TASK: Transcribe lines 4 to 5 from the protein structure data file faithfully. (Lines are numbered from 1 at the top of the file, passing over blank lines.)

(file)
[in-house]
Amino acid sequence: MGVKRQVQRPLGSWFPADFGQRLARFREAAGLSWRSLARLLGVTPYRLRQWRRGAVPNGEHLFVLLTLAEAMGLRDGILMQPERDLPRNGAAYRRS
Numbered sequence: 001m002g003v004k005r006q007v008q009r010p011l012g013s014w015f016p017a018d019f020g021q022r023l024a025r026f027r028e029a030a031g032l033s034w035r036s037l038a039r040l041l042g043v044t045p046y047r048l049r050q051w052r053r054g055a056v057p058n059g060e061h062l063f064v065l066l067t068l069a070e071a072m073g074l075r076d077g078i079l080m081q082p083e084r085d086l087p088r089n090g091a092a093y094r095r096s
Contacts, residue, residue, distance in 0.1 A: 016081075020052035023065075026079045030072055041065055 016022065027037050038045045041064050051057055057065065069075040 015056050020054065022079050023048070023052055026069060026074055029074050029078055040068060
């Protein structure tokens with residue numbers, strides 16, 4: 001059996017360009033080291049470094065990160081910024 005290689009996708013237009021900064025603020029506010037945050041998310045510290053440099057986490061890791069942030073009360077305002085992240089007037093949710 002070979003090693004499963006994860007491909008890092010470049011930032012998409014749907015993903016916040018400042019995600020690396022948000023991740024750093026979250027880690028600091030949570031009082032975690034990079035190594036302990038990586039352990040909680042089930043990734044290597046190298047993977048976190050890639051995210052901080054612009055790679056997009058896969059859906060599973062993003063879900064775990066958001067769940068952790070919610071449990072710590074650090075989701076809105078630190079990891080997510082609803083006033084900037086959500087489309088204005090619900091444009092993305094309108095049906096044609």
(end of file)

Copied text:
Contacts, residue, residue, distance in 0.1 A: 016081075020052035023065075026079045030072055041065055 016022065027037050038045045041064050051057055057065065069075040 015056050020054065022079050023048070023052055026069060026074055029074050029078055040068060
């Protein structure tokens with residue numbers, strides 16, 4: 001059996017360009033080291049470094065990160081910024 005290689009996708013237009021900064025603020029506010037945050041998310045510290053440099057986490061890791069942030073009360077305002085992240089007037093949710 002070979003090693004499963006994860007491909008890092010470049011930032012998409014749907015993903016916040018400042019995600020690396022948000023991740024750093026979250027880690028600091030949570031009082032975690034990079035190594036302990038990586039352990040909680042089930043990734044290597046190298047993977048976190050890639051995210052901080054612009055790679056997009058896969059859906060599973062993003063879900064775990066958001067769940068952790070919610071449990072710590074650090075989701076809105078630190079990891080997510082609803083006033084900037086959500087489309088204005090619900091444009092993305094309108095049906096044609």